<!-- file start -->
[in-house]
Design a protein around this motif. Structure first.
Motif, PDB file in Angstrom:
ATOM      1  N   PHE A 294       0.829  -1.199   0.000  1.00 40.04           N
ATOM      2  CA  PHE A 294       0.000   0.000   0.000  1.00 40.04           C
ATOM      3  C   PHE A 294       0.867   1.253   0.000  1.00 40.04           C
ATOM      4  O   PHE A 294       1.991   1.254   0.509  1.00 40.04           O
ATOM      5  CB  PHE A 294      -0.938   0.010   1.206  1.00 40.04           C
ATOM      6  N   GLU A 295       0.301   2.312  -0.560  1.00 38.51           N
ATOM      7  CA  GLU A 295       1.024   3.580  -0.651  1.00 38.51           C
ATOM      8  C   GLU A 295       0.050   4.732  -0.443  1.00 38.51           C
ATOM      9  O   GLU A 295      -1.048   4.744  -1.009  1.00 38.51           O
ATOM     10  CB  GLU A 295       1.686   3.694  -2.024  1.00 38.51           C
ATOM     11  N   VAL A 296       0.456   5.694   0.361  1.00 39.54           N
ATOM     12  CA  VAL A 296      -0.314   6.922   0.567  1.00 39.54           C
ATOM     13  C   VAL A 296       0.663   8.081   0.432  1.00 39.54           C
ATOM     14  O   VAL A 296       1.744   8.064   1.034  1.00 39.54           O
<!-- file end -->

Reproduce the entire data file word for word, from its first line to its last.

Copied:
[in-house]
Design a protein around this motif. Structure first.
Motif, PDB file in Angstrom:
ATOM      1  N   PHE A 294       0.829  -1.199   0.000  1.00 40.04           N
ATOM      2  CA  PHE A 294       0.000   0.000   0.000  1.00 40.04           C
ATOM      3  C   PHE A 294       0.867   1.253   0.000  1.00 40.04           C
ATOM      4  O   PHE A 294       1.991   1.254   0.509  1.00 40.04           O
ATOM      5  CB  PHE A 294      -0.938   0.010   1.206  1.00 40.04           C
ATOM      6  N   GLU A 295       0.301   2.312  -0.560  1.00 38.51           N
ATOM      7  CA  GLU A 295       1.024   3.580  -0.651  1.00 38.51           C
ATOM      8  C   GLU A 295       0.050   4.732  -0.443  1.00 38.51           C
ATOM      9  O   GLU A 295      -1.048   4.744  -1.009  1.00 38.51           O
ATOM     10  CB  GLU A 295       1.686   3.694  -2.024  1.00 38.51           C
ATOM     11  N   VAL A 296       0.456   5.694   0.361  1.00 39.54           N
ATOM     12  CA  VAL A 296      -0.314   6.922   0.567  1.00 39.54           C
ATOM     13  C   VAL A 296       0.663   8.081   0.432  1.00 39.54           C
ATOM     14  O   VAL A 296       1.744   8.064   1.034  1.00 39.54           O